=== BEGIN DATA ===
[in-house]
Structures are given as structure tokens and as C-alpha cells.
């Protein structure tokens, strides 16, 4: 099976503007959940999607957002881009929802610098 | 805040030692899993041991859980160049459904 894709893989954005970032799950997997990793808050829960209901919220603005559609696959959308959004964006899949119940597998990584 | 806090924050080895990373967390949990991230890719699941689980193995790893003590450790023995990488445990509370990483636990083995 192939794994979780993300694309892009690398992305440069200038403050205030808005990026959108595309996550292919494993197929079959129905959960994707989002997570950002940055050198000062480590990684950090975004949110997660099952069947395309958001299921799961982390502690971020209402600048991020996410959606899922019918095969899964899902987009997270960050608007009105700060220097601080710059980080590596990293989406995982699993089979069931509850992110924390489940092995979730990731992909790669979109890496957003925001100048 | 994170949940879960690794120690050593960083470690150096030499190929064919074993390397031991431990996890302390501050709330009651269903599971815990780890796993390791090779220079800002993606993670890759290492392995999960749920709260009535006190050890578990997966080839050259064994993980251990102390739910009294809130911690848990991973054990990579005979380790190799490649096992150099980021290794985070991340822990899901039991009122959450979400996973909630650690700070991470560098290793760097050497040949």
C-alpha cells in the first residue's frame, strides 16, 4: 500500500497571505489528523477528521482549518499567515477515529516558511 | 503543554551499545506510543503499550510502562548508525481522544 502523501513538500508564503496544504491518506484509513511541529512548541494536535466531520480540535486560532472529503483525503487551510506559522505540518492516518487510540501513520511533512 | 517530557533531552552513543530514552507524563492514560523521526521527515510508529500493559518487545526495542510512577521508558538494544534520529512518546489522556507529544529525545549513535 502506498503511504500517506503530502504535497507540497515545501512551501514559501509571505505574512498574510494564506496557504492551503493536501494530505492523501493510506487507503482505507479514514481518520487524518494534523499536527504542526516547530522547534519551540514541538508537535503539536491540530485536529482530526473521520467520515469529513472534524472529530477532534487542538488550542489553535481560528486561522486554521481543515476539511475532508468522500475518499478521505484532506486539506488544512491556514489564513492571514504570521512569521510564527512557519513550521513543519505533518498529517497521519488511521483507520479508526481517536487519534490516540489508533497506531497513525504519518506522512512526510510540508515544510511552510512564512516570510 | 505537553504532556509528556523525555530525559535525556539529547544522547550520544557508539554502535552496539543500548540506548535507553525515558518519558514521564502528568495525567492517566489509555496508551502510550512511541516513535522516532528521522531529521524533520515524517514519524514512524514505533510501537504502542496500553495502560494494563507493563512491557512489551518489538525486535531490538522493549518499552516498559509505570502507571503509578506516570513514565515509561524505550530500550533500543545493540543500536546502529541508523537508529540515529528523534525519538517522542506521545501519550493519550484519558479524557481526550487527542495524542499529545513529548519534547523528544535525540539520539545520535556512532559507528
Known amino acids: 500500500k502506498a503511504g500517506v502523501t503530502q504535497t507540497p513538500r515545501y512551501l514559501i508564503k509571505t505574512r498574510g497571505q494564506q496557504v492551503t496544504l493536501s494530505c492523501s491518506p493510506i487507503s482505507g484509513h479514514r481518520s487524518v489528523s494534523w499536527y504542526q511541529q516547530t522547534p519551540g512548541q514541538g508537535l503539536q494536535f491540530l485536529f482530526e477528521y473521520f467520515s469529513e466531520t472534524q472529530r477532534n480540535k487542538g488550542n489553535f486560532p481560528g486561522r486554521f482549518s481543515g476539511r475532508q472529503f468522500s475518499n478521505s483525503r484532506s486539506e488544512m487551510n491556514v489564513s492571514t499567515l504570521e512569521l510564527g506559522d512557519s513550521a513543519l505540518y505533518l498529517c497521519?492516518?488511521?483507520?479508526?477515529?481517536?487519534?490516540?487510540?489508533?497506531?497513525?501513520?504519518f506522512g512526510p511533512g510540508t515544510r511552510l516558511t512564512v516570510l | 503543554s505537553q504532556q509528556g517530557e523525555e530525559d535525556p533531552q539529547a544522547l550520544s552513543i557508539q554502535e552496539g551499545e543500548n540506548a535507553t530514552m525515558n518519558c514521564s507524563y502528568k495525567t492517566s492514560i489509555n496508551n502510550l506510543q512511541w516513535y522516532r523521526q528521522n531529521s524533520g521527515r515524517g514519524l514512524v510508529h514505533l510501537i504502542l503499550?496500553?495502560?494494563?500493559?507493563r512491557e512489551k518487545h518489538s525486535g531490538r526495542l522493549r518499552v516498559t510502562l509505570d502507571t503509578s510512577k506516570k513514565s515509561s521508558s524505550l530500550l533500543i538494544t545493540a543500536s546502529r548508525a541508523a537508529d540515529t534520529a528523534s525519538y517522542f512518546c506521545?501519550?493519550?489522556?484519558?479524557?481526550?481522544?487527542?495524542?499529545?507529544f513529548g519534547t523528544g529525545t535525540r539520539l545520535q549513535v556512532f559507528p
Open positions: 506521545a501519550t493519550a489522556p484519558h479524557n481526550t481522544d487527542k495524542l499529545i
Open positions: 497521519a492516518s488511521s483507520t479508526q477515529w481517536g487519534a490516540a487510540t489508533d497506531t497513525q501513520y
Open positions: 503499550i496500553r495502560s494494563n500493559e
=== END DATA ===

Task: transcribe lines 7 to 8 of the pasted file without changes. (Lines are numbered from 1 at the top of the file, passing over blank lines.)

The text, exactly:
Open positions: 497521519a492516518s488511521s483507520t479508526q477515529w481517536g487519534a490516540a487510540t489508533d497506531t497513525q501513520y
Open positions: 503499550i496500553r495502560s494494563n500493559e